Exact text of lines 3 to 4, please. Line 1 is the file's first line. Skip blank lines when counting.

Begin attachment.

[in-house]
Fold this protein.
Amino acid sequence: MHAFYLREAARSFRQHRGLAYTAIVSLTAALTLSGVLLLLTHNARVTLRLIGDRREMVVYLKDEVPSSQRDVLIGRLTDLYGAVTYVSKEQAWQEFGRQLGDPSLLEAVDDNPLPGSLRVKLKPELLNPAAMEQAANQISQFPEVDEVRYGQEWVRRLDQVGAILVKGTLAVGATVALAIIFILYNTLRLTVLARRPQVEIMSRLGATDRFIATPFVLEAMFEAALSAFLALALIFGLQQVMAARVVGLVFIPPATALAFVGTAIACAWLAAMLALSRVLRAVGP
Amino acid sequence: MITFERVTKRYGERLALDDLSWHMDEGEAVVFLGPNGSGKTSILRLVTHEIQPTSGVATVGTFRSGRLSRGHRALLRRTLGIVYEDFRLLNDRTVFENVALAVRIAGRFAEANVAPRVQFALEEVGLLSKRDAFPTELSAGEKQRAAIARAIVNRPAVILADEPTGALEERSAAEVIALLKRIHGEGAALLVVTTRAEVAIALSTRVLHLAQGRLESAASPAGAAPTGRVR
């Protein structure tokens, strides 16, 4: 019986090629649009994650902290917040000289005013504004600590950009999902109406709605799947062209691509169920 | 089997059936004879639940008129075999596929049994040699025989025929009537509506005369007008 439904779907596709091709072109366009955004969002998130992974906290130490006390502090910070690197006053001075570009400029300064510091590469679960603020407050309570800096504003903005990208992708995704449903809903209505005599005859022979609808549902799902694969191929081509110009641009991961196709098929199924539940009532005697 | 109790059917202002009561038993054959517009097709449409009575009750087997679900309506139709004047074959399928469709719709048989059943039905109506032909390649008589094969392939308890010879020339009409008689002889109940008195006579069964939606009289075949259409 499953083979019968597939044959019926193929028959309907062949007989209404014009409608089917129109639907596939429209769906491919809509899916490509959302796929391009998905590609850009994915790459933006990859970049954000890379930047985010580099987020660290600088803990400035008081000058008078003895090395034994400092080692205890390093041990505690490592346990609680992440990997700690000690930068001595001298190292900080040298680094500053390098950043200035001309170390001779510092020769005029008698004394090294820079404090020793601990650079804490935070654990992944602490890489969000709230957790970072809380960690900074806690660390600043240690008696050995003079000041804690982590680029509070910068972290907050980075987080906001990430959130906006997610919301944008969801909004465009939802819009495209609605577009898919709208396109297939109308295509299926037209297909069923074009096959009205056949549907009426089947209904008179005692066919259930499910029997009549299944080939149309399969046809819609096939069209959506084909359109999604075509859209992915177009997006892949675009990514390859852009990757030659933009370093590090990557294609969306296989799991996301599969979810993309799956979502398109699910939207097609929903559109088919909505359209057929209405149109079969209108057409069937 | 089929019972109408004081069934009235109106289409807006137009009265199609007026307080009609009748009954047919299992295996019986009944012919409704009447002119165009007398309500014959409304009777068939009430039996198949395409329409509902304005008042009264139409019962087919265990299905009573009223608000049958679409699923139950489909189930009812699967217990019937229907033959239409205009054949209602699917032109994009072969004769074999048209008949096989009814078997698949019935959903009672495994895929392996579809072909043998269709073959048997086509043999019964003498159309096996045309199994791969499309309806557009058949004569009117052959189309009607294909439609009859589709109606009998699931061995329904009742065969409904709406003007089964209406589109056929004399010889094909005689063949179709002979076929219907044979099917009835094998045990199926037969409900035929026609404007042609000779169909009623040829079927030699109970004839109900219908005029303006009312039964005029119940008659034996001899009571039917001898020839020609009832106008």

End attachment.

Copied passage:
Amino acid sequence: MHAFYLREAARSFRQHRGLAYTAIVSLTAALTLSGVLLLLTHNARVTLRLIGDRREMVVYLKDEVPSSQRDVLIGRLTDLYGAVTYVSKEQAWQEFGRQLGDPSLLEAVDDNPLPGSLRVKLKPELLNPAAMEQAANQISQFPEVDEVRYGQEWVRRLDQVGAILVKGTLAVGATVALAIIFILYNTLRLTVLARRPQVEIMSRLGATDRFIATPFVLEAMFEAALSAFLALALIFGLQQVMAARVVGLVFIPPATALAFVGTAIACAWLAAMLALSRVLRAVGP
Amino acid sequence: MITFERVTKRYGERLALDDLSWHMDEGEAVVFLGPNGSGKTSILRLVTHEIQPTSGVATVGTFRSGRLSRGHRALLRRTLGIVYEDFRLLNDRTVFENVALAVRIAGRFAEANVAPRVQFALEEVGLLSKRDAFPTELSAGEKQRAAIARAIVNRPAVILADEPTGALEERSAAEVIALLKRIHGEGAALLVVTTRAEVAIALSTRVLHLAQGRLESAASPAGAAPTGRVR